Sydney Johnson

Why the Boldest Ideas in Education Come From Underrepresented Entrepreneurs

At Camelback Ventures’ latest showcase, there were no hackneyed “hockey stick” graphs boasting viral adoption—as one often sees at startup pitchfests and demo days. Gone, too, were the scripted, anonymous testimonials touting the “awesomeness” of a product. In their place were beatboxing, a superhero cape and, yes, even some transparent financial numbers.

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Here’s What College Advisors Wish the Tools Built for Them Would Really Do

Even in the age of online lectures and digital courseware, college advising has remained relatively low-tech: sketching out degree plans with a pencil and paper during one-off meetings between students and advisors. That’s starting to change, though, as more companies and campuses create technology-augmented advising systems like predictive analytics, self-service course registration platforms and early-alert tools.

?More Bootcamps Are Quietly Coming to a University Near You

In the last two years, a surge of nonprofit, four-year institutions have hopped on the bootcamp bandwagon. These programs, often on skills such as software development or data analytics, have arrived in a number of ways—from universities partnering with local for-profit bootcamps, or colleges creating their own intensive training programs completely in-house.

Edtech’s Hidden Shortage: Women Directors

In just over a decade, 20 independent education companies have raised more than $2.7 billion in funding and are shaping the way education is evolving for students from grade school to higher ed. Collectively, 116 directors serve on the boards of these privately-held companies. Only eight are women. Even fewer are women of color.

The scarcity of female directors in edtech is a striking contrast to the diversity that exists in the sector's day-to-day leadership. As much as one-third of edtech companies started during that time have a female CEO or founder.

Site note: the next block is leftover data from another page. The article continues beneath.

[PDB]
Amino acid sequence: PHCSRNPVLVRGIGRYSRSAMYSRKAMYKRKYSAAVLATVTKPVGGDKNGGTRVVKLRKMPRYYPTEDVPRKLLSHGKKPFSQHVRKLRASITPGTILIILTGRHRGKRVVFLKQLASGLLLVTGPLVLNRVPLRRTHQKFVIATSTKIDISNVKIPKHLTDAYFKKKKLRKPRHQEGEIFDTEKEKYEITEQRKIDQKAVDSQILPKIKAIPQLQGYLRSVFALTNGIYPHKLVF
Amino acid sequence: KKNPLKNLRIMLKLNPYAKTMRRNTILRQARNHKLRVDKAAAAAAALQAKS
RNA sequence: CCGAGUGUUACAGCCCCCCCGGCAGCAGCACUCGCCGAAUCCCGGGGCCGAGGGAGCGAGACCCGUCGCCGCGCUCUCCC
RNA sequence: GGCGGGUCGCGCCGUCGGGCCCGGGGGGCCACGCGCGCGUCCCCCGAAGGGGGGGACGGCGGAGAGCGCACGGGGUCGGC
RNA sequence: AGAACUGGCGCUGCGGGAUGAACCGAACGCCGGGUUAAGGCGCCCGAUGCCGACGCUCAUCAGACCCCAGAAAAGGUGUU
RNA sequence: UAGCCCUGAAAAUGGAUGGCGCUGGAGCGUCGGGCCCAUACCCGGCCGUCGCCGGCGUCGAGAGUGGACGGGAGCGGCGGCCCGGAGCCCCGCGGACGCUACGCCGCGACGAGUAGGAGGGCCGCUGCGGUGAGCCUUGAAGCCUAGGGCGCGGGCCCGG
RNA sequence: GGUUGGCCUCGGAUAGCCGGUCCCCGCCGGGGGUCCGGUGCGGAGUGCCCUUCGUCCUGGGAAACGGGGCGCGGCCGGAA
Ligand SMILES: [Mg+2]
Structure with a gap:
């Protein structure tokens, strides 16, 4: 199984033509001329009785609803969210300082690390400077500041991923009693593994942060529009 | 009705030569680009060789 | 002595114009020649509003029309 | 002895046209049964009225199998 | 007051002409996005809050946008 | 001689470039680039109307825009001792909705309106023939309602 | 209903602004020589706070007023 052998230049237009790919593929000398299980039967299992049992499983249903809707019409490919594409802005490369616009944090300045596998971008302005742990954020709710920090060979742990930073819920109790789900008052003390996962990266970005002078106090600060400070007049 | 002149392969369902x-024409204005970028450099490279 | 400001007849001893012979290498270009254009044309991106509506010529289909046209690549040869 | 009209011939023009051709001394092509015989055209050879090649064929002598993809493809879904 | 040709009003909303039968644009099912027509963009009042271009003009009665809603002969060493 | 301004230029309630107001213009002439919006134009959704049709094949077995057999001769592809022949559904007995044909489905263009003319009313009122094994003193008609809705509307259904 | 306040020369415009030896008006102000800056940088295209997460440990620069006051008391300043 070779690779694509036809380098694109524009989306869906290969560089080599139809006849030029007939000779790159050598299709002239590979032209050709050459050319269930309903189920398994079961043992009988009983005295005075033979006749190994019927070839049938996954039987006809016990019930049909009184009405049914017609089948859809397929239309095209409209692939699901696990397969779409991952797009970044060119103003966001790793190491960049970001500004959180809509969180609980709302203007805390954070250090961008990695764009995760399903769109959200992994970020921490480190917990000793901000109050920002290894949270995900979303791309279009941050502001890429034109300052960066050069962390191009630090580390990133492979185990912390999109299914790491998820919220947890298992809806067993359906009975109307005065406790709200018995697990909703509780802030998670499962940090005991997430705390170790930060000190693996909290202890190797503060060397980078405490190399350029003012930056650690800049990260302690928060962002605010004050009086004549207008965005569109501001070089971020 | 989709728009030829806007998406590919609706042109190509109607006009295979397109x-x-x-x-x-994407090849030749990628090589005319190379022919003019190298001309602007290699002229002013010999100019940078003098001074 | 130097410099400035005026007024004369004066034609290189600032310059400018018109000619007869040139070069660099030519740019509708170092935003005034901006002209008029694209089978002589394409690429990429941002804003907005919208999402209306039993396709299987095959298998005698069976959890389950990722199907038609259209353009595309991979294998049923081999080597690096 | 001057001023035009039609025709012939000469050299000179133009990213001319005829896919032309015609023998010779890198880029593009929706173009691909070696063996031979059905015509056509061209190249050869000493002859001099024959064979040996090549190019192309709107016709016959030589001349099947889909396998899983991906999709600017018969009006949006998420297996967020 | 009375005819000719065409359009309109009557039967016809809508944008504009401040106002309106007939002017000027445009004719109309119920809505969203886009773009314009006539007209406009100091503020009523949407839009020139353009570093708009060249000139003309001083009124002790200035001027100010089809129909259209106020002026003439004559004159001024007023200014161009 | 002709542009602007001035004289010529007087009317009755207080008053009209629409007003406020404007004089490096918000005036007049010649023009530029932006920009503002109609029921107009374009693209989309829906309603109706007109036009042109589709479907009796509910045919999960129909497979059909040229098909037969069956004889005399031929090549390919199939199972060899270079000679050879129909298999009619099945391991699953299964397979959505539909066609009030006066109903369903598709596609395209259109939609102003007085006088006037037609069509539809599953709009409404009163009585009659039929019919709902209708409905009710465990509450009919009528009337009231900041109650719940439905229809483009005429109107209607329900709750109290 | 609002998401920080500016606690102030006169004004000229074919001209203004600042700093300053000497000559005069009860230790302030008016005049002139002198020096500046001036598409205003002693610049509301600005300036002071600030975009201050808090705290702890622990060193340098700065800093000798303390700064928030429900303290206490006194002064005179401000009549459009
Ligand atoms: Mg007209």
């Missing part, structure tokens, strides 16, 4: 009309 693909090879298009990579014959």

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?Another Major Coding Bootcamp, Iron Yard, Announces Closure

The Iron Yard, a Greenville, S.C.-based coding bootcamp, is closing up shop. The school wrote in a blog post today that it will be ceasing operations at all of its 15 campuses around the U.S. after its current 12-week session finishes.“In considering the current environment, the board of The Iron Yard has made the difficult decision to cease operations at all campuses after teaching out remaining summer cohorts. We will finish out summer classes completely, including career support,” the announcement reads.

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?Dev Bootcamp Community Reacts to Closure Decision

John-Michael Murphy had just finished up a long day of assessments on Wednesday evening when he received an email with some unexpected news. His school, Dev Bootcamp, wrote that it would be shutting down about three months after his graduation this summer.

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?An Augmented Reality Library Comes to Life for Aspiring Teachers at UT San Antonio

The University of Texas at San Antonio has more than 2 million titles in its library system, and lately it’s been building a collection that most students—and future teachers—might not even know exists yet.
A small but growing library of augmented reality books, consisting of 25 children’s titles, is part of a research partnership between UTSA Libraries and the College of Education and Human Development (COEHD). They range in subject from astronomy, to dinosaurs, and even cardboard bedtime stories for infants.

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Wanna (Edtech) Getaway? Check Out These Higher-Ed Conferences for 2017-2018

Summer is here! And so is our bi-annual higher education events calendar, ready to get you started on planning your next conference or education getaway. Digital learning in Abu Dhabi, anyone?

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?The Cost of Cutting in Line: Students Can Now Buy Their Way to a Job Interview

How much would you pay to score a job interview? $10? $950? In desperate times, that's apparently the price range in the market for these services, which involve commodifying age-old job seeking practices: networking and mentoring.

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?Major Textbook Publishers Sue Follett Over Counterfeit Sales

Three of the country’s largest publishers, Pearson Education, McGraw-Hill Education and Cengage Learning, are suing Follett Corporation, a major textbook distributor, on charges of selling counterfeit textbooks in its stores.The companies claim many of Follett’s textbooks are purchased from questionable distributors that sell illegally-copied versions. “These scurrilous dealers are no better than those selling counterfeit watches on a street corner,” the complaint reads.

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